The health care law was approved by a simple majority.

At issue is the assessment on hospitals, which the state uses to draw down matching federal funds.

The law has allowed Arizona to expand eligibility to residents who earn between 100 and 138 percent of the federal poverty level.

In 2015, Maricopa County Superior Court Judge Douglas Gerlach also upheld the law, ruling that the hospital assessment that funds the program is not subject to Arizona Constitution’s supermajority provision.

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U.S. District Court for Hawaii issues nationwide restraining order against Trump’s revised travel ban

Second verse, same as the first” . . .

Donald Trump’s revised travel ban from earlier this month, issued after he dropped court appeals of his first badly flawed travel ban, faced immediate legal challenges in multiple courts.

Today the U.S. District Court for Hawaii issued a nationwide restraining order against implementation of the revised travel ban hours before it was to go into effect. Federal Judge Blocks Trump’s Latest Travel Ban Nationwide:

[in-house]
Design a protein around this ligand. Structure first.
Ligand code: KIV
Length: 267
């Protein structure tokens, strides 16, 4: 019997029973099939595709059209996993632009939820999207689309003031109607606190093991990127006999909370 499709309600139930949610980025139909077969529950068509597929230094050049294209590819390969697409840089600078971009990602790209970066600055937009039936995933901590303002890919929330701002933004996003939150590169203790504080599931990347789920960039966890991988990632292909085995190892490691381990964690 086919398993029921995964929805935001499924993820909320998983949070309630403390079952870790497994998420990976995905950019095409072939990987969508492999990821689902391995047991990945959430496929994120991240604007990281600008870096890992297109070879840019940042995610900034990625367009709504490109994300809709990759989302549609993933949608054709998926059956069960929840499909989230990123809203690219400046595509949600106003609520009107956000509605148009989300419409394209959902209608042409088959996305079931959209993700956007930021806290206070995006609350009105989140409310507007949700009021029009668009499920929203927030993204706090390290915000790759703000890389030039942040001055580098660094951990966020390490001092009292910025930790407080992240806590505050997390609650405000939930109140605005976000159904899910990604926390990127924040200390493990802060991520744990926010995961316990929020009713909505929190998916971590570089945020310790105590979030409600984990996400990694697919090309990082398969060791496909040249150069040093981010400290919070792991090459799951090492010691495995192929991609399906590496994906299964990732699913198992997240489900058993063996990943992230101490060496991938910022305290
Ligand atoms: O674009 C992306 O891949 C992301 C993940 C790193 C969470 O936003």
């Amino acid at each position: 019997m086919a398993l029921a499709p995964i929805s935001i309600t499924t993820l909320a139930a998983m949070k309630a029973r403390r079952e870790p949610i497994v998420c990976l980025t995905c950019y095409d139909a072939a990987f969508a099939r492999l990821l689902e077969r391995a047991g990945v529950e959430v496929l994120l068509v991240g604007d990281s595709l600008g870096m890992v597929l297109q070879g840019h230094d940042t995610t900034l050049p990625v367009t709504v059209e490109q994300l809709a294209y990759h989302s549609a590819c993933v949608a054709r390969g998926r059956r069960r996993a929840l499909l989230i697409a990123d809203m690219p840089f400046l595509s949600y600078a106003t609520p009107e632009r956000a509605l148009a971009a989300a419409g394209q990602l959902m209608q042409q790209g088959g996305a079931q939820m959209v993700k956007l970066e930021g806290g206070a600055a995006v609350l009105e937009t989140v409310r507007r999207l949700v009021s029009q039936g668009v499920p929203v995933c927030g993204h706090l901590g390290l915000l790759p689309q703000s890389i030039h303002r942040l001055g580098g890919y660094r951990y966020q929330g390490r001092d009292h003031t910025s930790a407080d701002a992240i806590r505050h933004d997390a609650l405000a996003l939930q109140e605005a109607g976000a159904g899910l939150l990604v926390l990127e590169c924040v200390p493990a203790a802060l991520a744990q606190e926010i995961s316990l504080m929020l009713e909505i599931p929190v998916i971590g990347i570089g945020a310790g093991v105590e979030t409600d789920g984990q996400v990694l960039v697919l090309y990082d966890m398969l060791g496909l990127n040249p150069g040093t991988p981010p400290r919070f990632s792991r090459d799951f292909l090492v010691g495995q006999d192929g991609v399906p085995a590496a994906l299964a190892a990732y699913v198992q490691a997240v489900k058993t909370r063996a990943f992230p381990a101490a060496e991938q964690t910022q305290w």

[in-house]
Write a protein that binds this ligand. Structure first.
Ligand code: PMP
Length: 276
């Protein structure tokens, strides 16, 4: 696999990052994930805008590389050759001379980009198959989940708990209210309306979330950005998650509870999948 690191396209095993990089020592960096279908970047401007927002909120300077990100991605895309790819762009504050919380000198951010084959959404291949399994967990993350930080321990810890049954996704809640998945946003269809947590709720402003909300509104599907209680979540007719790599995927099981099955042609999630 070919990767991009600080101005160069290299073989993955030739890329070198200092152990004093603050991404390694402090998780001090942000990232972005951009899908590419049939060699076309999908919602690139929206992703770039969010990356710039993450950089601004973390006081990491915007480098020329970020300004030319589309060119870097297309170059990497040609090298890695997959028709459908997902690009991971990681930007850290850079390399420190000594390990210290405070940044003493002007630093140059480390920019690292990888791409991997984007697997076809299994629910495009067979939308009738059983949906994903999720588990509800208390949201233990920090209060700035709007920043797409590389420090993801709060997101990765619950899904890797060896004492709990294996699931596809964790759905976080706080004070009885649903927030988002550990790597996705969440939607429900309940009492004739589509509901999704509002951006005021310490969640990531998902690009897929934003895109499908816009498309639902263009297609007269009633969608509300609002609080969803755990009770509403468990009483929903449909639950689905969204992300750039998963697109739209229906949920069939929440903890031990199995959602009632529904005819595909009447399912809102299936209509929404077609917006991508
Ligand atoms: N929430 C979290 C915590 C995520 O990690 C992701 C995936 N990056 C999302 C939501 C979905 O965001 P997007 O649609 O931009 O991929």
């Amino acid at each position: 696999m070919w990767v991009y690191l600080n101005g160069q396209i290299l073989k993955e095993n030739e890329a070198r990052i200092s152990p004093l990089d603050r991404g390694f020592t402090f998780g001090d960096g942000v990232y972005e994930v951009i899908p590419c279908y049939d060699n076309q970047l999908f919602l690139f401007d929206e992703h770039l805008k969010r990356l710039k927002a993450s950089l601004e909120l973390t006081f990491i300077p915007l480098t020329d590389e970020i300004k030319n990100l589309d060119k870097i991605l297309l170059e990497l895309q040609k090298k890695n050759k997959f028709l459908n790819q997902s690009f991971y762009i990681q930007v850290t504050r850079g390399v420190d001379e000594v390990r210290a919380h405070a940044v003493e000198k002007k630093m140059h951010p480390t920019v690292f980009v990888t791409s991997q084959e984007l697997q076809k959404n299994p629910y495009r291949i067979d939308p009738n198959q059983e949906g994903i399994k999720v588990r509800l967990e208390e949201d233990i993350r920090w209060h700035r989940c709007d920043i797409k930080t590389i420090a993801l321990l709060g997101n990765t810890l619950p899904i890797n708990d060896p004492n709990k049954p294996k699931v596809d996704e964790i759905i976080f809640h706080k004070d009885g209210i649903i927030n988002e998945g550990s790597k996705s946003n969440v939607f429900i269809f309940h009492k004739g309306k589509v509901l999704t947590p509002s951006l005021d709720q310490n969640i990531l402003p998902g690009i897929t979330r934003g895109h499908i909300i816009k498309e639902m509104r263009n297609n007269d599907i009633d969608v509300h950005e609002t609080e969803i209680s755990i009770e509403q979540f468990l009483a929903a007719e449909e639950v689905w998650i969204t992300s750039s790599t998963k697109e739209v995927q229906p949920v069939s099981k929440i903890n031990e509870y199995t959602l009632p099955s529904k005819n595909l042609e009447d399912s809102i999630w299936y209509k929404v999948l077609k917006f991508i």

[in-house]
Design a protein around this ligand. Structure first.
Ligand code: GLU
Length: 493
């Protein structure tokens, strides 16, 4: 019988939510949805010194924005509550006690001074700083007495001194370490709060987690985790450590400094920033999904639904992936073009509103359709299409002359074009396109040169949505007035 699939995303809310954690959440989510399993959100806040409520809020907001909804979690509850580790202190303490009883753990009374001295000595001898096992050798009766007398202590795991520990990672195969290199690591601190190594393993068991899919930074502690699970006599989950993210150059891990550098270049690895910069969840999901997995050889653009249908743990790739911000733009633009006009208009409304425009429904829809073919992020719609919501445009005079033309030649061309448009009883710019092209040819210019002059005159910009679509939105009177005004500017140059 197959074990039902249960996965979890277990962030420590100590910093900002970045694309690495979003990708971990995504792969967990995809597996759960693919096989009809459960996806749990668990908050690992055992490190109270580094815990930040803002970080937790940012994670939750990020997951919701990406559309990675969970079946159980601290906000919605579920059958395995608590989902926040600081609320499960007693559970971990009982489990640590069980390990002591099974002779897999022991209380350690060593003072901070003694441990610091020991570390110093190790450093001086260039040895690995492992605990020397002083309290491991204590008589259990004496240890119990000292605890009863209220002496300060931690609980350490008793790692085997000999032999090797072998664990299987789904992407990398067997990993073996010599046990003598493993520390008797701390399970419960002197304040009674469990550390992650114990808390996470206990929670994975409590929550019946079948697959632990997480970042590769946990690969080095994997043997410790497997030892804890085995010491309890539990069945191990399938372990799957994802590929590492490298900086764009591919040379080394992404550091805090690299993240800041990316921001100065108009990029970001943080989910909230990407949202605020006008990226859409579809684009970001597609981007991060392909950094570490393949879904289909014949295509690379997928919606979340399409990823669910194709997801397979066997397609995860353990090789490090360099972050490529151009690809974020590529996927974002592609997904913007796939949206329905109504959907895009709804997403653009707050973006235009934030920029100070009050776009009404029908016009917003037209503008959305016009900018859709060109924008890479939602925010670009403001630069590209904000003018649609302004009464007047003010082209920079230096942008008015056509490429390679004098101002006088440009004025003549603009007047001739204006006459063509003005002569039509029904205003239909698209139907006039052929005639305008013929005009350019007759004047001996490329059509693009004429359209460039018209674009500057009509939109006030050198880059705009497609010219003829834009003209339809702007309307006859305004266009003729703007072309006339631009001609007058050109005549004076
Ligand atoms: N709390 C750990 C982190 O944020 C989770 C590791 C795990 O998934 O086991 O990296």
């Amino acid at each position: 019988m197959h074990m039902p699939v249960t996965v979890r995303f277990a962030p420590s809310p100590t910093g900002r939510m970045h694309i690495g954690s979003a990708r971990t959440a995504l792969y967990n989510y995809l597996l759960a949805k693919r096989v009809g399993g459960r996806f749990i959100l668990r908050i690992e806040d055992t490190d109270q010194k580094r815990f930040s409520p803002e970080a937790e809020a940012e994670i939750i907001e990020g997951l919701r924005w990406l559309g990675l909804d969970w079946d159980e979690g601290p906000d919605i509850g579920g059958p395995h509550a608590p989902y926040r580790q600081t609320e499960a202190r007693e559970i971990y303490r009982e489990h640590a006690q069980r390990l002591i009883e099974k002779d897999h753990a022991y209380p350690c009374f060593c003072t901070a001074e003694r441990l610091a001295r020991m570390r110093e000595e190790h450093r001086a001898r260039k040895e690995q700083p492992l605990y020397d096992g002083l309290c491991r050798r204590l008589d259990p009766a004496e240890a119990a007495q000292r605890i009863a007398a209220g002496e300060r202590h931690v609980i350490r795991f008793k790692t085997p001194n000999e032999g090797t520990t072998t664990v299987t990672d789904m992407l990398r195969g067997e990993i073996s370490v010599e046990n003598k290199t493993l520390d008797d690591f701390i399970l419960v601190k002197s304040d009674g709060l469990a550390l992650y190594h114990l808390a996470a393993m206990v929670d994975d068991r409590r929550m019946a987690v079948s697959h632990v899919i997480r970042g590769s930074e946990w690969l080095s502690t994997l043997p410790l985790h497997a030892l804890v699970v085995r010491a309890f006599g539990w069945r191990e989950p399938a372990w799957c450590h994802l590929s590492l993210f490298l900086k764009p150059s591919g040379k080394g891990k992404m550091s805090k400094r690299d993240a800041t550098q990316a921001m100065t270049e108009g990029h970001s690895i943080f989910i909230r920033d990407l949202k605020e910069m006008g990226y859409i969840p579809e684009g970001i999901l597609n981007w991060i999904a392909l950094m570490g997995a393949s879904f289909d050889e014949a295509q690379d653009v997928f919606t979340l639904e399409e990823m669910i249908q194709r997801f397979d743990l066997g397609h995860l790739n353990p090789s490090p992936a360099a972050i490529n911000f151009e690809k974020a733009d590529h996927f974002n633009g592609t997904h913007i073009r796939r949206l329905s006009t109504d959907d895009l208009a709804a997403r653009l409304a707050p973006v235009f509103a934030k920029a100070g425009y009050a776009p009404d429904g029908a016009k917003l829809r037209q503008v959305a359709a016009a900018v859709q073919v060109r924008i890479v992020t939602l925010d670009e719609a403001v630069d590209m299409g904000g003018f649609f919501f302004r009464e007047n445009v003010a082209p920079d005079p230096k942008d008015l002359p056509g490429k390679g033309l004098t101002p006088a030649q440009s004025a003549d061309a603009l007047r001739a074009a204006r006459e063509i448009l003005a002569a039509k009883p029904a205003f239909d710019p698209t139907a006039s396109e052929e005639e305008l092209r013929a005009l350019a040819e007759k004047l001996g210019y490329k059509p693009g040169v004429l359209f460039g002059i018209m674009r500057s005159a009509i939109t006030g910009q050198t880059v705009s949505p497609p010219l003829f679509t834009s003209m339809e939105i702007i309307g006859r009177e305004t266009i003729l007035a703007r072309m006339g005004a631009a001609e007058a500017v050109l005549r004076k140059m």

A federal judge in Hawaii issued a nationwide order (.pdf) Wednesday evening blocking President Trump’s ban on travel from parts of the Muslim world, dealing a political blow to the White House and signaling that proponents of the ban face a long and risky legal battle ahead.

The ruling was the second frustrating defeat for Mr. Trump’s travel ban, after a federal court in Seattle halted an earlier version of the executive order last month. Mr. Trump responded to that setback with fury, lashing out at the judiciary before ultimately abandoning [an appeal from] the order.

He issued a new and narrower travel ban on March 6, with the aim of pre-empting new lawsuits by abandoning some of the most contentious elements of the first version.

But Mr. Trump evidently failed in that goal: Democratic states and nonprofit groups that work with immigrants and refugees raced into court to attack the updated order, alleging that it was a thinly veiled version of the ban on Muslim migration that he had pledged to enact last year, as a presidential candidate.

Administration lawyers argued in multiple courts on Wednesday that the president was merely exercising his national security powers and that no element of the executive order, as written, could be construed as a religious test for travelers.

But in the lawsuit brought by Hawaii’s attorney general, Doug Chin, Judge Derrick K. Watson appeared skeptical of the government’s claim that past comments by Mr. Trump and his allies had no bearing on the case.

“Are you saying we close our eyes to the sequence of statements before this?” Judge Watson, who was appointed by former President Barack Obama, asked in a hearing Wednesday before he ruled against the administration.